The man who was arrested in late May after allegedly assaulting a woman and running from law enforcement pleaded not guilty to two felony charges brought against him Friday morning in Natrona County District Court.

Damon Flanagan, 47, faces charges of aggravated kidnapping and strangulation of a household member. If convicted of both counts, he could be sentenced to 25 years to life plus five years in prison and have to pay $20,000 in fines.

According to court documents, a man called 911 on the afternoon on May 30 and said he saw another man -- Flanagan -- throw a woman into the back of a van in the 1200 block of South Cedar Street.

Officers responded to the area, but couldn't immediately find the van. An officer found it near the Sunrise Shopping Center at 4:14 p.m. and tried to stop the vehicle.

The van did not immediately stop, but eventually pulled over at the intersection of Grenada and Poplar.

The officer got out of his patrol car and approached the van. He saw the victim banging on the rear window of the van, screaming for help.

As the officer approached the van, Flanagan allegedly shifted into drive and took off, continuing north for about four blocks before stopping again in the 2800 block of South Poplar.

Other officers arrived on scene and opened the driver's side door of the van, ordering Flanagan to exit. Flanagan reportedly remained in the driver's seat, so officers pulled him out of the van and took him to the ground, taking him into custody.

Flanagan was taken to an interview room at the Casper Police Department. The victim was treated by EMS and taken to Wyoming Medical Center.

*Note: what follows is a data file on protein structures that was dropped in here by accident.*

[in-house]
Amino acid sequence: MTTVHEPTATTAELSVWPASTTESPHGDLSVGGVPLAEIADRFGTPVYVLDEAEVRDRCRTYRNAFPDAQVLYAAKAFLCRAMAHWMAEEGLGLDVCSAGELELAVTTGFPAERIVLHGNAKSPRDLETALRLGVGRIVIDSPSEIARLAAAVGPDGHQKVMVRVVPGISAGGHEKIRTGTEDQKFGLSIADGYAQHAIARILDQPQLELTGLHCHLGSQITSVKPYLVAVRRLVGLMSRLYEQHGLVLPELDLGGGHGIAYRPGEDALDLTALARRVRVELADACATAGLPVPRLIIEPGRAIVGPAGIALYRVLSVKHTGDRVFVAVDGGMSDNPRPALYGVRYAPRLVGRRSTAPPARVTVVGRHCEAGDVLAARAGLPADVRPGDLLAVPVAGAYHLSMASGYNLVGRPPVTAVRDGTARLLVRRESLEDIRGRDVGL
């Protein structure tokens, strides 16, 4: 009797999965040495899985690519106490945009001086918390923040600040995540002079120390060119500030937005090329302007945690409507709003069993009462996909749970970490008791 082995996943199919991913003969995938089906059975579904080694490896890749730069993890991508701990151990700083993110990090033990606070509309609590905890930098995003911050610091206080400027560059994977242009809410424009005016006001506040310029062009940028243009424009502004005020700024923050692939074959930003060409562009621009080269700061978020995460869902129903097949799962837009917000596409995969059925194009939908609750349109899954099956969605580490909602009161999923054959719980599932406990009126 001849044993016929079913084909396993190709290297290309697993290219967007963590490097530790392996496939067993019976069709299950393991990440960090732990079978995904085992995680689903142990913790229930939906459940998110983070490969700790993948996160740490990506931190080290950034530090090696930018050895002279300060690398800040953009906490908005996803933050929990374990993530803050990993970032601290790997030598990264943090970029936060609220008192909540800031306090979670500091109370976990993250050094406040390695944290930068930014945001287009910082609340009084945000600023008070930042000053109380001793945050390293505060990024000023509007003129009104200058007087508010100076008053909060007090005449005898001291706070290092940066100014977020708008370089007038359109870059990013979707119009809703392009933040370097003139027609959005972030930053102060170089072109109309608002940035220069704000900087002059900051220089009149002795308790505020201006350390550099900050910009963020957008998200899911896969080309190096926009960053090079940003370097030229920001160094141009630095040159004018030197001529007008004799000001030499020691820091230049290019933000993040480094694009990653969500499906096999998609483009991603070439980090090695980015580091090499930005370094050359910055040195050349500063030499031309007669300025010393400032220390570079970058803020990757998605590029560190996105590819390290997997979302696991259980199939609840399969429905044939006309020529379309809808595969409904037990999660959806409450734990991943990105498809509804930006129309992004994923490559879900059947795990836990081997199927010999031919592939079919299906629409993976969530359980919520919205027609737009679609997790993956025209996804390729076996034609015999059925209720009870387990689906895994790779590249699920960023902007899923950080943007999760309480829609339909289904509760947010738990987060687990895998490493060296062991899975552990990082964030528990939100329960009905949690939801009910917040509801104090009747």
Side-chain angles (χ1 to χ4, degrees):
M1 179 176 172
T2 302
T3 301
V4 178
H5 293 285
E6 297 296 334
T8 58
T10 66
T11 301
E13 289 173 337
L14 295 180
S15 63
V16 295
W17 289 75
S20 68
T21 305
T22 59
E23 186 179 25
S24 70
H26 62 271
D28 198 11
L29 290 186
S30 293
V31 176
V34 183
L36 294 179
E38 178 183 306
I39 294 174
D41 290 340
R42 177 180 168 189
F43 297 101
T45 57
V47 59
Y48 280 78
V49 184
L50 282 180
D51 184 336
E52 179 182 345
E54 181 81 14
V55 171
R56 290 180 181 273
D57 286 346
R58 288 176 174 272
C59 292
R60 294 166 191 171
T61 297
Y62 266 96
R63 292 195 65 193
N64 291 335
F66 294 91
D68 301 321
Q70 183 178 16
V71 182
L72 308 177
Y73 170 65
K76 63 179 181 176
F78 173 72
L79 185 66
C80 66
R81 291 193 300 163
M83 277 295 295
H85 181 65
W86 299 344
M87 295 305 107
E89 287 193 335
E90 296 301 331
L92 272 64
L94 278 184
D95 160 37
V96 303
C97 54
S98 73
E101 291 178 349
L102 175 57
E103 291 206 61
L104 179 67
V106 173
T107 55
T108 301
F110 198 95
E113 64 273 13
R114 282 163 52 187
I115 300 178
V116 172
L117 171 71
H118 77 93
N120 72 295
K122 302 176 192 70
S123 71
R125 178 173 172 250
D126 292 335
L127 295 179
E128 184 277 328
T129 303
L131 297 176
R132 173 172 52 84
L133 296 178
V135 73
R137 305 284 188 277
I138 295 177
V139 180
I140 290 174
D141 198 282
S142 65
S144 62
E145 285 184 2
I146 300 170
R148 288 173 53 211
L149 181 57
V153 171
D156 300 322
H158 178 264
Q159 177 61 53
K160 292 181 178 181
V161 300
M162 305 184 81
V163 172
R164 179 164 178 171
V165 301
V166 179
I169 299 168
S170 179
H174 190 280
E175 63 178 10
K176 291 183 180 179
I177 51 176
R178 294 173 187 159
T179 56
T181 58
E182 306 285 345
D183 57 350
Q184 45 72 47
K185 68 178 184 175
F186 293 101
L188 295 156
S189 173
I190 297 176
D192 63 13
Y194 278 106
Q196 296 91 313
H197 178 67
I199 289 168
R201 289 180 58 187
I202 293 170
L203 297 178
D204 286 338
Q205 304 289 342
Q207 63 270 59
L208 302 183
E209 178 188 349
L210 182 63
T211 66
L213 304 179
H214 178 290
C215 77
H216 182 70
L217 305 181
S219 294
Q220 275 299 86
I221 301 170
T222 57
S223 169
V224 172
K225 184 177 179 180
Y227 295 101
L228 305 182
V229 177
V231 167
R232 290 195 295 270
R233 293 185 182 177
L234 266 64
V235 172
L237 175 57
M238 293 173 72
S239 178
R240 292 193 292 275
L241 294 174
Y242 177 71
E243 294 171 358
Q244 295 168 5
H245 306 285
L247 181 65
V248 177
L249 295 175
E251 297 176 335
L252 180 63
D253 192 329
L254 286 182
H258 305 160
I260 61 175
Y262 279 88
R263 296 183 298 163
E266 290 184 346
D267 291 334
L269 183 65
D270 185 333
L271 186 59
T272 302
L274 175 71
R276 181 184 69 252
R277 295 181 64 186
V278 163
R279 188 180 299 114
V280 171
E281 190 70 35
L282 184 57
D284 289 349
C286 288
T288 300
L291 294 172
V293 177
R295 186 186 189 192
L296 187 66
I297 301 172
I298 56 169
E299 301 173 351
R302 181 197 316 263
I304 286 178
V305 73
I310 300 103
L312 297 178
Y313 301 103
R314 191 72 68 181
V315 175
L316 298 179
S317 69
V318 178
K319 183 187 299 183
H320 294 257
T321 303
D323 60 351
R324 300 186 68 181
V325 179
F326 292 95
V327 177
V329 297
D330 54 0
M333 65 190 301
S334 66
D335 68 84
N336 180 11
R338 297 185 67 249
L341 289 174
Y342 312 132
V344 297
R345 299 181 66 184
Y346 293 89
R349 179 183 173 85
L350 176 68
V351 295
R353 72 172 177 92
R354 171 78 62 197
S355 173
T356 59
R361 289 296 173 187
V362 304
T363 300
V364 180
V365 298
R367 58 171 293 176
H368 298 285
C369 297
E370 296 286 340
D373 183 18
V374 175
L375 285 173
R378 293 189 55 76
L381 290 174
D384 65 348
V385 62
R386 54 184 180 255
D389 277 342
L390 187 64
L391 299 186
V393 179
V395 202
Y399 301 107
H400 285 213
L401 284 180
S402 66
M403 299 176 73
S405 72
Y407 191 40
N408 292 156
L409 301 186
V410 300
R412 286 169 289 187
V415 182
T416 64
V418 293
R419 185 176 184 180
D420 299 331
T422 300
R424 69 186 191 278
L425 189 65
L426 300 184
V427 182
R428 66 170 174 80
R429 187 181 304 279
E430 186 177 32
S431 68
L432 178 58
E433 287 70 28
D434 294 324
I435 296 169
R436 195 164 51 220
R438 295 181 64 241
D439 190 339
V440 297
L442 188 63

The victim later told police she and Flanagan had been fighting throughout the day and Flanagan -- who reportedly was jealous and constantly accused the victim of cheating -- got angry when the victim asked another man for a cigarette.

Flanagan allegedly grabbed her and forced her into a van. The victim thought Flanagan might drive them off a cliff to kill both of them. She believed she was going to die, according to charging documents.

She recalled police pulling up behind the van on Poplar, and she thought Flanagan would run because "he alway did when the police tried to stop him," court documents say. The victim got to the rear window of the van and yelled for help, and was relieved to see police officers.

The victim now resides in another state.

Flanagan's public defender, Kurt Infanger, asked Judge Thomas Sullins on Friday to reduce Flanagan's bond from $50,000 cash or surety to $25,000 so that Flanagan could work inside the jail.

Infanger emphasized the requested bond reduction was not an effort to allow Flanagan's release, saying Flanagan does not have the means to post either amount.

Assistant District Attorney Daniel Itzen responded by saying bond is set to ensure the defendant's attendance throughout court proceedings and to protect the community; whether or not a defendant is allowed to work while incarcerated should not factor into the determination of a bond amount.

Itzen also noted that in the past, Flanagan has failed to appear at six court hearings and has failed to comply with bond conditions or other orders on five occasions.

Due to the seriousness of the offense, Sullins declined to reduce Flanagan's bond.

Trial in the case is set for Sept. 18.

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